Solidarity 486, 14 November 2018

Labour can stop Brexit

Submitted by cathy n on 14 November, 2018 - 7:57
Corbyn and Europe

On 9 November Labour leader Jeremy Corbyn told the German news magazine Der Spiegel that “we can’t stop Brexit”. But Labour can.

The Tories and the DUP are divided about May’s sketched-out soft-ish Brexit deal. If Labour MPs vote solidly against May’s deal, it probably can’t get through Parliament.

That reflects the fact that May’s proposals are unpopular — in surveys, 73% of the think the negations are going badly. The “hard” Brexit formulas favoured by the Tory right are unpopular. A “no deal” Brexit is more unpopular still.

NUS: open the books!

Submitted by cathy n on 14 November, 2018 - 7:39 Author: By Maisie Sanders
nus votes

What the NUS (National Union of Students) leaders say about its financial crisis makes no sense.

The leaders says that NUS needs to cut back on its democracy in order to survive. But the few financial figures available suggest that the financial crisis, such as it is, has nothing to do with high spending on democratic procedures, let alone on campaigning.

NUS has not yet submitted its accounts for the year ending June 2018. But we can get some picture from previous years’ accounts. Income from membership and expenditure on wages seem stable.

Left challenge to PCS leaders

Submitted by cathy n on 14 November, 2018 - 7:34 Author: By Mike Chester

The leadership faction in the PCS civil service union, “PCS Left Unity”, are in a civil war over whose turn it is to stand for Assistant General Secretary when it comes up for election in 2019 (nominations open 17 January, balloting 16 April to 9 May).

Rogue SP member and current lay President of the union Janice Godrich is challenging incumbent SP loyalist Chris Baugh for the nomination. LU holds its final meeting to decide its nomination later in November. Whether the loser will accept the result and not stand against the LU nominee remains to be seen.

Brazil: time to regroup

Submitted by cathy n on 14 November, 2018 - 7:18 Author: Interview: Andressa Alegre
Bolsanaro

Andressa Alegre is a Brazilian socialist. She talked with Solidarity from the city of Salvador in north-east Brazil.

I kind of expected that when Bolsonaro won, we would have a reaction similar to Trump’s victory in the USA. That wasn’t what happened.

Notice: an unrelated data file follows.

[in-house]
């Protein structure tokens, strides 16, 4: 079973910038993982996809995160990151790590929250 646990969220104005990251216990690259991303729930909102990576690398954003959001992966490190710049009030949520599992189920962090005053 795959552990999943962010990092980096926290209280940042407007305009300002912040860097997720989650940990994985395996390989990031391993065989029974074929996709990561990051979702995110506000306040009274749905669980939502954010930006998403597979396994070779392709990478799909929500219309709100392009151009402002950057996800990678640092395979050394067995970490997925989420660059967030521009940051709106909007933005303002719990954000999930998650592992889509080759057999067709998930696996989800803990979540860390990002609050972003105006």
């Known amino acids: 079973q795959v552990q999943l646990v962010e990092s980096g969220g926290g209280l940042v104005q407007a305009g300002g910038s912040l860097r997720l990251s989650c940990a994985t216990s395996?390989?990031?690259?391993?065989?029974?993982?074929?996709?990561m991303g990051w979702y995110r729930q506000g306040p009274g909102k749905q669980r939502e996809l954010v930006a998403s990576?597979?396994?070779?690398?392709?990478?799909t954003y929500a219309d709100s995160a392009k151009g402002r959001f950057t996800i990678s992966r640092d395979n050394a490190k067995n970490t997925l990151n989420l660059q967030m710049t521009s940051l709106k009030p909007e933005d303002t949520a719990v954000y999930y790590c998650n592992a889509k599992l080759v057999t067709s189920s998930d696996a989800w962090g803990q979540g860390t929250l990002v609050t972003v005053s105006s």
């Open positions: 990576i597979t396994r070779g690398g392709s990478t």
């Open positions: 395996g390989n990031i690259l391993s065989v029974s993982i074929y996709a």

In Salvador, we went to see the election results in the place where the left usually meets up for that. It was all very sad. People were crying. But there were no demonstrations or protests on the days following. None in other cities too, that I’ve heard of.

Putin’s Thiefdom

Submitted by cathy n on 14 November, 2018 - 7:08 Author: By Barrie Hardy

Russian president Vladimir Putin's personal fortune is estimated at $40 billion, making him one of the richest men in Europe.

He owns vast holdings in three Russian oil companies which are concealed behind a vast network of offshore companies. The level of corruption over which he presides accounts for an enormous amount of Russia's GDP - putting half of the economy in the hands of various shades of criminal enterprise.

Where they linger

Submitted by cathy n on 14 November, 2018 - 6:33 Author: Matt Kinsella

In Wayétu Moore’s debut novel She Would Be King, set in the 1840s, three characters find their lives intertwining with each other, and with the future of the newly created Liberia.

All are fleeing persecution: Gbessa, accused of witchcraft, is driven from the West African village of Lai; June Dey escapes from a Virginia tobacco plantation, headed for freedom in New York; and Norman Aragon, child of a Jamaican Maroon and a British colonist, longs to escape his father’s cruel experiments. The three seek sanctuary, and find themselves in Monrovia.

Peterloo: inside the movement

Submitted by cathy n on 14 November, 2018 - 6:09 Author: Ruaraidh Anderson
peterloo

Mike Leigh’s new film ‘Peterloo’ follows the democratic reform movement in Britain in the run up to the St. Peter’s Field massacre in 1819.

After a long build-up we are shown the attack itself, when the yeomanry (a local armed volunteer force) are ordered to march on the tens-of-thousands strong protest, killing 15, and then left to reflect during a sombre final scene: the burial of a murdered protestor.

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